In order to obtain good transfer properties, the characteristics of the peeling layer play an important role in the photo-sensitive transfer sheet comprising a support having thereon a peeling layer made of an organic polymer and a photosensitive resin layer in this order. Alcohol-soluble polyamides such as copolymerized nylon and N-alkoxymethyl nylon are known materials for such peeling layers. However, when an alcohol-soluble polyamide is used alone, adhesion of the peeling layer to the temporary support increases under humid conditions, because the peeling layer readily absorbs moisture. This occasionally causes a transfer failure. Furthermore, the peeling layer made of an alcohol-soluble polyamide tends to stains due to dyes, a pigment, etc. upon development, to thereby result in the so-called colorant fog.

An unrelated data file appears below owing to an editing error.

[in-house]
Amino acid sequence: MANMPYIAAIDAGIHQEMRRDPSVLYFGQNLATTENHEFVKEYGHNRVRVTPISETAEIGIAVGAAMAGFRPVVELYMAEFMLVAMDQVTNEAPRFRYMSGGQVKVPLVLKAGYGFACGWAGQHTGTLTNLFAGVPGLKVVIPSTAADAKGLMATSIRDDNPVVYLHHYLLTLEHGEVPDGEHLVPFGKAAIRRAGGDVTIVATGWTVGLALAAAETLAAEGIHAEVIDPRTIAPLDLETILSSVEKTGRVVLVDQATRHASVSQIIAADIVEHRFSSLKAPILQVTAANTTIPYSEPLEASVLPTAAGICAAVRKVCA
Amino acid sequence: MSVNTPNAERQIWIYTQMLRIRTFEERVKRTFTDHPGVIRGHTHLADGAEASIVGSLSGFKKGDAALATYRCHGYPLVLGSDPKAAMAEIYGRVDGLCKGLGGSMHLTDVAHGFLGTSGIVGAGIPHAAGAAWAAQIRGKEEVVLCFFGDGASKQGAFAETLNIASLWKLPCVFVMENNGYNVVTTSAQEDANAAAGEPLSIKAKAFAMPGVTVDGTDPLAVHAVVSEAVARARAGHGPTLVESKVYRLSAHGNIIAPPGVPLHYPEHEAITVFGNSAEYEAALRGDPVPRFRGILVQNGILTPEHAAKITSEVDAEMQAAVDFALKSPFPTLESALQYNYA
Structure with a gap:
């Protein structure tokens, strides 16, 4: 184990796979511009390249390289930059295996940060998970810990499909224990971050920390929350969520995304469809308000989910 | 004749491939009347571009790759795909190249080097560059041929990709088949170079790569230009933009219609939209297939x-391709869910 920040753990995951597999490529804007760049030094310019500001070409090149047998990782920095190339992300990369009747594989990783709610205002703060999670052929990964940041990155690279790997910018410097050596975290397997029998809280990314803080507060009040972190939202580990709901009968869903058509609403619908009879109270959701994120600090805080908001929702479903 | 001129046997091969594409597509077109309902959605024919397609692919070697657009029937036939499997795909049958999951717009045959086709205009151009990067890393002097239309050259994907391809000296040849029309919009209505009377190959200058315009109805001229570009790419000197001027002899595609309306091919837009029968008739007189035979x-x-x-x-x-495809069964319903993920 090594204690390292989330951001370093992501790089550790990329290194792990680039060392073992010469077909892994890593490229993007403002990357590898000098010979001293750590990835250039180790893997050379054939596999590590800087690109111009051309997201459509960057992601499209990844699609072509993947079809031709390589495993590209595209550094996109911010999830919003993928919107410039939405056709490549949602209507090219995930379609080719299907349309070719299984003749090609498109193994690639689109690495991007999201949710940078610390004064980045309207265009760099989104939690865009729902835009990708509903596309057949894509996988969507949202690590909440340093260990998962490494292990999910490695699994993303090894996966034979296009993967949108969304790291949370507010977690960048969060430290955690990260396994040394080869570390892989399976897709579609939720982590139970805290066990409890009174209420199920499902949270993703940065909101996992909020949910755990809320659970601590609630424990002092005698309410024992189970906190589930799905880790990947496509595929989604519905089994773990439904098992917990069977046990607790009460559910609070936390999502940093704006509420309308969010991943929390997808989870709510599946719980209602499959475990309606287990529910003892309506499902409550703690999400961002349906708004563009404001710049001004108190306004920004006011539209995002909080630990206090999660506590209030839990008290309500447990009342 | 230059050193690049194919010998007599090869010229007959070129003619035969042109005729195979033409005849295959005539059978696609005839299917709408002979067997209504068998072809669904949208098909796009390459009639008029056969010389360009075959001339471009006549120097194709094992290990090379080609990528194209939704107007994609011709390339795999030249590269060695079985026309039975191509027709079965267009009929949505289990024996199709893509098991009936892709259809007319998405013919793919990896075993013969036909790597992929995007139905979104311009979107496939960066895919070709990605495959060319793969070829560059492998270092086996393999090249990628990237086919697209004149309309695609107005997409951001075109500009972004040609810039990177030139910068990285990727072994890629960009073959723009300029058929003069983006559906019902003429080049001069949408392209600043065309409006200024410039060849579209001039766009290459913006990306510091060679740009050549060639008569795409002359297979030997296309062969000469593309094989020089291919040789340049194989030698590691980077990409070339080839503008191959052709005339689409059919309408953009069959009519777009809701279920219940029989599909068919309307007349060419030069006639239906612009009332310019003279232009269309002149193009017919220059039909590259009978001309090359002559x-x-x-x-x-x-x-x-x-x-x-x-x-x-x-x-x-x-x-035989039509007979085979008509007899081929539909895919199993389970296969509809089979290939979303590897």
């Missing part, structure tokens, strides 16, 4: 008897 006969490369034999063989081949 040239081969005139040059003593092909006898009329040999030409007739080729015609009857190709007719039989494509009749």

To solve the above-described problems, JP-A-61-188537 proposes a photosensitive transfer sheet having a peeling layer comprising a mixture of an alcohol-soluble polyamide and a hydroxystyrene type polymer. According to this method, a peeling layer having excellent resistance to moisture can be formed on a support. As a result, even when the transfer step of a separation image is carried out in a high humidity environment, and after the transfer sheet having the image formed thereon is adhered to a support of an image-receiving sheet, etc. by application of heat and pressure, the support (temporary support) of the transfer sheet is readily peeled from the peeling layer. This is because the peeling layer does not substantially absorb moisture. In other words, the transfer operation can be carried out without being affected by high humidity. Furthermore, the development step for forming the separation image on the photosensitive transfer sheet leaves little stain on the peeling layer due to colorants such as dyes and pigments, to thereby markedly prevent colorant fog.